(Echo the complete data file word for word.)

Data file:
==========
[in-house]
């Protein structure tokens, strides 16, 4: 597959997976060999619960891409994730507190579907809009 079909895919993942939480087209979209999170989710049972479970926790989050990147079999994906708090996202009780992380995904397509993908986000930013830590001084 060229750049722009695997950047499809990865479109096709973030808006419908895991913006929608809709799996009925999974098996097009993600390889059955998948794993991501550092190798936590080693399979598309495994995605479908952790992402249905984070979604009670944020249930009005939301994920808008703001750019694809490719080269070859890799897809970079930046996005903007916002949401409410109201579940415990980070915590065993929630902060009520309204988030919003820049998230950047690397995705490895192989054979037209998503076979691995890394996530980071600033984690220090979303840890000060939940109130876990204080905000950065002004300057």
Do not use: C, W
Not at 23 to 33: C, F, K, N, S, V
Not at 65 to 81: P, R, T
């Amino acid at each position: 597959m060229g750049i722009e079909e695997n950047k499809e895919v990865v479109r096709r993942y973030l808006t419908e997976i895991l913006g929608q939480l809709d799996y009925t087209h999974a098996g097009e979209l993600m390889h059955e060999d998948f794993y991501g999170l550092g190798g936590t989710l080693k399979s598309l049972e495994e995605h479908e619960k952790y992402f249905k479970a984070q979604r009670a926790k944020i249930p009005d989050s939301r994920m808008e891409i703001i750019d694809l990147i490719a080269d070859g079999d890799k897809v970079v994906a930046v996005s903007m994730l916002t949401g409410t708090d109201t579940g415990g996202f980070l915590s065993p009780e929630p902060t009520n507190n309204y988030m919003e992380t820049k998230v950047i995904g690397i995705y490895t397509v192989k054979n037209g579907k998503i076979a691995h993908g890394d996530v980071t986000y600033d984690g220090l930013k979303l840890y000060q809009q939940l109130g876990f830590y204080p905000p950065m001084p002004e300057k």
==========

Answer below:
[in-house]
């Protein structure tokens, strides 16, 4: 597959997976060999619960891409994730507190579907809009 079909895919993942939480087209979209999170989710049972479970926790989050990147079999994906708090996202009780992380995904397509993908986000930013830590001084 060229750049722009695997950047499809990865479109096709973030808006419908895991913006929608809709799996009925999974098996097009993600390889059955998948794993991501550092190798936590080693399979598309495994995605479908952790992402249905984070979604009670944020249930009005939301994920808008703001750019694809490719080269070859890799897809970079930046996005903007916002949401409410109201579940415990980070915590065993929630902060009520309204988030919003820049998230950047690397995705490895192989054979037209998503076979691995890394996530980071600033984690220090979303840890000060939940109130876990204080905000950065002004300057």
Do not use: C, W
Not at 23 to 33: C, F, K, N, S, V
Not at 65 to 81: P, R, T
């Amino acid at each position: 597959m060229g750049i722009e079909e695997n950047k499809e895919v990865v479109r096709r993942y973030l808006t419908e997976i895991l913006g929608q939480l809709d799996y009925t087209h999974a098996g097009e979209l993600m390889h059955e060999d998948f794993y991501g999170l550092g190798g936590t989710l080693k399979s598309l049972e495994e995605h479908e619960k952790y992402f249905k479970a984070q979604r009670a926790k944020i249930p009005d989050s939301r994920m808008e891409i703001i750019d694809l990147i490719a080269d070859g079999d890799k897809v970079v994906a930046v996005s903007m994730l916002t949401g409410t708090d109201t579940g415990g996202f980070l915590s065993p009780e929630p902060t009520n507190n309204y988030m919003e992380t820049k998230v950047i995904g690397i995705y490895t397509v192989k054979n037209g579907k998503i076979a691995h993908g890394d996530v980071t986000y600033d984690g220090l930013k979303l840890y000060q809009q939940l109130g876990f830590y204080p905000p950065m001084p002004e300057k």